> There is not much "trying" involved. You notice immediately if a file is

> missing in your CMakeLists.tx or if you list a file which does not exist.

 

If a file is missing, you notice it in both cases.

 

If you add a file (without touching CMakeLists.txt of course) you will not notice in both cases.

 

> > Even plain Make can use globbing reliably.

>

> You can use file(GLOB ...), but it is not recommended.

> When a new file is added to a target, cmake needs to rerun, to generate the

> rules for building this file and to link the target.

> In the makefiles generated by cmake there is the dependency to rerun cmake

> when any of its input files have changed (e.g. when you added or removed a

> source file), but there is no rule to rerun cmake if anything in a directory

> has changed. So simply adding a file to a directory will not cause cmake to

> rerun automatically.

> By having to add that file explicitely to the CMakeLists.txt, cmake will rerun

> and you will always have a consistent build system.

>

> Alex

 

Kornel

 


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Re: Executable depending on all source files

Rolf Eike Beer
In reply to this post by Kornel Benko
Kornel Benko wrote:

> Am Samstag, 25. August 2012 um 10:53:48, schrieb Russell Wallace
> <[hidden email]>
> > I don't understand what you mean, but explicit listing violates DRY in
> > a big way with the usual consequence, the two lists will inevitably
> > get out of sync. I'd rather use globbing (unless CMake has some other
> > method that doesn't involve trying to keep things in sync by hand)?
> > Even plain Make can use globbing reliably.
>
> The you may want to try
> file(GLOB foo_sources . src/*.cc)
> add_executable(foo ${foo_sources})
No, you surely don't want to do that. From the documentation of it (cmake --
help-command file):

       We do not recommend using GLOB to
       collect a list of source files from your source tree.  If no
       CMakeLists.txt file changes when a source is added or removed then the
       generated build system cannot know when to ask CMake to regenerate.

Simple solution: do something like find . -type f -name \*.cc | sed 's,^\./,,'
>> CMakeLists.txt and move the result at the correct place in that file.

Eike
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Re: Executable depending on all source files

Eric Noulard
In reply to this post by Russell Wallace
2012/8/25 Russell Wallace <[hidden email]>:
> I don't understand what you mean, but explicit listing violates DRY in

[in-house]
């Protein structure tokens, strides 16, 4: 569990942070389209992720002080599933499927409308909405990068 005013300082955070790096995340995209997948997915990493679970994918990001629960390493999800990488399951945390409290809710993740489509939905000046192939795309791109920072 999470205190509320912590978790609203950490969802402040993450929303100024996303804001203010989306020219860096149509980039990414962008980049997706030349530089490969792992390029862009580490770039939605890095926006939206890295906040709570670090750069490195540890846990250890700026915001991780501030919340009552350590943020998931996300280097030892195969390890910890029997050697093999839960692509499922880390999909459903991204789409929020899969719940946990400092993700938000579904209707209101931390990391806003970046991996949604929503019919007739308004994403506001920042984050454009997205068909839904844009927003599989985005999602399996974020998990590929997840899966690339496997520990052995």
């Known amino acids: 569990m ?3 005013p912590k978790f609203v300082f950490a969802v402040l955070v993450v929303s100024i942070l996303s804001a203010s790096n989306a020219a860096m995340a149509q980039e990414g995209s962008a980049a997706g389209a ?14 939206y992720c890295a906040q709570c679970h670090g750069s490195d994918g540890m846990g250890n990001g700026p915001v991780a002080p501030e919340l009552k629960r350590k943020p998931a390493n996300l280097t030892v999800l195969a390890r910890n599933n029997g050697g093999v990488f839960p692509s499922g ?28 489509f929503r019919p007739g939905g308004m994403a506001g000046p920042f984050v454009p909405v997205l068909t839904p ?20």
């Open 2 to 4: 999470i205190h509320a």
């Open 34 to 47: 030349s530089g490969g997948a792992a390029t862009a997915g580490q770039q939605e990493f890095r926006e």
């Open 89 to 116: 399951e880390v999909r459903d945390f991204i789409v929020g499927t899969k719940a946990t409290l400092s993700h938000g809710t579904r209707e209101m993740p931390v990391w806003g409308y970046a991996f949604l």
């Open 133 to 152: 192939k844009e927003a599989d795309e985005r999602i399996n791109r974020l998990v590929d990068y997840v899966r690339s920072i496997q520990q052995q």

> a big way with the usual consequence, the two lists will inevitably
> get out of sync. I'd rather use globbing (unless CMake has some other
> method that doesn't involve trying to keep things in sync by hand)?
> Even plain Make can use globbing reliably.

Besides the argument of tracking changes, portability comes in mind as well.
Does XCode, Visual Studio, Eclipse (with managed Makefile)
etc... do handle globbing as well ?

CMake should be able to generate project files for all these build
system so that relying on the fact that Make may handle globbing is not enough
for making it work for CMake.

Does your VCS (git, cvs, svn,...) do globbing for adding/removing files ?
Probably not and for good reasons, the same rule apply for CMake.

What you 'could do' is to craft some scripts (CMake or else) that
may automagically update the extensive list of sources in your CMakeLists.txt.
This script may be launched by a CMake custom target of yours, e.g.
then you'll be able to do

make up_src_list

instead of editing the CMakeLists.txt manually,
that said I doubt it would be  worth the effort.

My point of view is that globbing for source is seldom useful unless
the sources files are generated.

My opinion though.
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Re: Executable depending on all source files

Russell Wallace
On Sat, Aug 25, 2012 at 2:19 PM, Eric Noulard <[hidden email]> wrote:
> Does your VCS (git, cvs, svn,...) do globbing for adding/removing files ?

Git. And yes, of course it does.

> What you 'could do' is to craft some scripts (CMake or else) that
> may automagically update the extensive list of sources in your CMakeLists.txt.
> This script may be launched by a CMake custom target of yours, e.g.
> then you'll be able to do
>
> make up_src_list
>
> instead of editing the CMakeLists.txt manually,

Sure, that would have been my fallback, treat CMakeLists.txt as object
code and write a Python script to maintain it automatically. But
adding an extra layer like that is strictly inferior to a solution
that works within CMake.
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Re: Executable depending on all source files

Eric Noulard
2012/8/25 Russell Wallace <[hidden email]>:
> On Sat, Aug 25, 2012 at 2:19 PM, Eric Noulard <[hidden email]> wrote:
>> Does your VCS (git, cvs, svn,...) do globbing for adding/removing files ?
>
> Git. And yes, of course it does.

No sorry, I wasn't clear enough
unless I'm wrong you can do:

git add blah*.c

but :
   1) If you add an extra blah-whatever.c file after the git command
       then git won't handle the file.

   2) When you manually suppress a file you still have to do
       git rm blah-whatever.c

   3) In my example, git is not doing the globbing, the shell does.
       I know you can ask git to handle a pattern of file (and not the shell)
       but this like FILE(GLOB ...) for cmake

My point is when file "appear" or "disappear" you have to *manually*
inform git about it. Updating the list of source from within a CMakeLists.txt